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Mesothelial/monocytic incidental cardiac excrescences (MICE) with tubercular aortitis: report of the first case with brief review of the literature
  1. Ruma Ray1,
  2. Narender Kumar1,
  3. Ruchika Gupta1,
  4. Asit Ranjan Mridha1,
  5. J S Tyagi2,
  6. A Sampath Kumar3
  1. 1Department of Pathology, All India Institute of Medical Sciences, New Delhi, India
  2. 2Department of Biotechnology, All India Institute of Medical Sciences, New Delhi, India
  3. 3Department of Cardiothoracic Surgery, All India Institute of Medical Sciences, New Delhi,India
  1. Correspondence to Professor Ruma Ray, Department of Pathology, All India Institute of Medical Sciences, Ansari Nagar, New Delhi 110029, India; rumasrc2{at}hotmail.com

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Mesothelial/monocytic incidental cardiac excrescence (MICE) is a rare and distinctive cardiac lesion composed of mesothelial and monocytic cells with other inflammatory cells and fibrin. Though the first case of MICE was reported about three decades earlier, to date fewer than 50 cases have been recorded in the available literature.1–5

We describe the case of a 40-year-old male who was admitted in the Department of Cardiothoracic and Vascular Surgery with complaints of dyspnoea (NYHA Class III) of 1 year's duration. There was no history of pedal oedema, chest pain, palpitations, syncope, neurological or embolic manifestations or signs of infective endocarditis and rheumatic fever. Clinical examination revealed absence of pallor, jaundice, cyanosis, pedal oedema, lymphadenopathy or Marfanoid features. His general condition was fair. His pulse was 88/min and regular with all peripheral pulses palpable. His blood pressure was 140/80 mmHg. There were peripheral signs of aortic regurgitation. Respiratory system examination did not reveal any abnormality. Cardiovascular examination showed apex beat in the left sixth intercostal space. The heart sounds S1 and S2 were audible with an ejection systolic murmur at the aortic area. Electrocardiogram revealed normal sinus rhythm, left axis deviation and left ventricular hypertrophy. Echocardiography revealed severe aortic regurgitation without any stenosis. The other valves were normal. There was no clot, vegetation or pericardial effusion. With a clinical diagnosis of aortic regurgitation, the patient underwent aortic valve replacement.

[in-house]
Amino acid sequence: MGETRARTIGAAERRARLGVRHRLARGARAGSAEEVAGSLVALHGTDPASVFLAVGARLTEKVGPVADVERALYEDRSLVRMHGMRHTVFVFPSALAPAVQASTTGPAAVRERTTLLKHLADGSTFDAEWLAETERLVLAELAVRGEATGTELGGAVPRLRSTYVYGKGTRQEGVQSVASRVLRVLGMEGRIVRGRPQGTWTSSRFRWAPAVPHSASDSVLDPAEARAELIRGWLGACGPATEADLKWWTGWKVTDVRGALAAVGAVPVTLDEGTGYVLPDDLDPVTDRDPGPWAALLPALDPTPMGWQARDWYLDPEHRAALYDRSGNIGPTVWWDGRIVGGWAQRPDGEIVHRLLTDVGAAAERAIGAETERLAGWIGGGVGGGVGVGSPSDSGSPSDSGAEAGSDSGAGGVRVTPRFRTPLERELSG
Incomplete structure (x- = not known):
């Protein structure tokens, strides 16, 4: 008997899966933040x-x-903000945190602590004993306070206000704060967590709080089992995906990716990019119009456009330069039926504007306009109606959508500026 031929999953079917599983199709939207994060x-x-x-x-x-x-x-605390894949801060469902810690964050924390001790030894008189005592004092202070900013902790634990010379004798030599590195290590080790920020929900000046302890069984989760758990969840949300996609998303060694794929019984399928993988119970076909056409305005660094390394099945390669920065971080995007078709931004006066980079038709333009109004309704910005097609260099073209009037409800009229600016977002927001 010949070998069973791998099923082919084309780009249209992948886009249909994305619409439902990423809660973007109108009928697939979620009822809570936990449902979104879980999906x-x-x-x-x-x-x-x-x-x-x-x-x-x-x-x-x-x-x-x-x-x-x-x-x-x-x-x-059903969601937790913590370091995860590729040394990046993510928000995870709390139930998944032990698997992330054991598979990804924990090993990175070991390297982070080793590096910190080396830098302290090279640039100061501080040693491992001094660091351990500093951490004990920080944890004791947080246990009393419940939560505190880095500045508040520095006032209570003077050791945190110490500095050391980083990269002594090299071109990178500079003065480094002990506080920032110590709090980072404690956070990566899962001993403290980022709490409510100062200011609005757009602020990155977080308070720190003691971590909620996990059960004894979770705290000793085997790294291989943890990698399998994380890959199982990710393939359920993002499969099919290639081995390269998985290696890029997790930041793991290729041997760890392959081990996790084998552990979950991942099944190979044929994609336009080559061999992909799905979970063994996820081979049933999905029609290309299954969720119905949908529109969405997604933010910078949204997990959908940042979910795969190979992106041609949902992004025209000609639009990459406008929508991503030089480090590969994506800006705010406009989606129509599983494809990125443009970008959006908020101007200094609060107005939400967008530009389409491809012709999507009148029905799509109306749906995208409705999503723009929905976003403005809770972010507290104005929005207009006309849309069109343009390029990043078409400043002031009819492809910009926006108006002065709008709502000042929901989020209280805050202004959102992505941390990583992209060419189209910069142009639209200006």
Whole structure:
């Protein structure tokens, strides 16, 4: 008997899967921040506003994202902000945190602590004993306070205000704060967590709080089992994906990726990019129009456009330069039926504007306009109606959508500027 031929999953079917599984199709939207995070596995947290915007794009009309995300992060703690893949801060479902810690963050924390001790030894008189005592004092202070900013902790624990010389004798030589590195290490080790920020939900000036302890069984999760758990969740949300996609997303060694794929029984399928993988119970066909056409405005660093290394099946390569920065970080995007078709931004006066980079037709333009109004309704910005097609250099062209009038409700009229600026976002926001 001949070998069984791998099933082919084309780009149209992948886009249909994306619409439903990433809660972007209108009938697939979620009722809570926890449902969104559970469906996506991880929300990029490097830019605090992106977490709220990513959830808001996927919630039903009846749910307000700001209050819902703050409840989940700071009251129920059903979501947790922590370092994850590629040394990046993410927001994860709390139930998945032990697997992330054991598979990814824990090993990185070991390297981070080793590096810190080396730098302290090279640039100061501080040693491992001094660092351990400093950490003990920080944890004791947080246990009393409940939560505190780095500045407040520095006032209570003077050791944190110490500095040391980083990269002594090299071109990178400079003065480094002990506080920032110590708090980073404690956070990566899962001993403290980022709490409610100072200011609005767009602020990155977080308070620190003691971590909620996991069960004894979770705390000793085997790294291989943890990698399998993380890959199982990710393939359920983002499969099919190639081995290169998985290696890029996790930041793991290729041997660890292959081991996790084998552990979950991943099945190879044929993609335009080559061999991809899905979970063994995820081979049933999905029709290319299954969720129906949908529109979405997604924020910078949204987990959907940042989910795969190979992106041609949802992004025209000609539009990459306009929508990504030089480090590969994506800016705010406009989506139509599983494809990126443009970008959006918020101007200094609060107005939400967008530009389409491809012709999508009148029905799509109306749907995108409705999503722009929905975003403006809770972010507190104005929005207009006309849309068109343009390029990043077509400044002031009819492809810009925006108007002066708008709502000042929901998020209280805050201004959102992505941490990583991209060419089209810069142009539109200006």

Intraoperative findings

There was mild serous pericardial effusion, adhesions between the aorta and pericardium and multiple small cystic structures containing gel-like material surrounding the ascending aorta. Cardiomegaly with left ventricular hypertrophy was noted. The right atrium, right ventricle, left atrium and left atrial appendage were unremarkable. The ascending aorta was thick and dilated, and appeared inflamed. The native aortic valve was …

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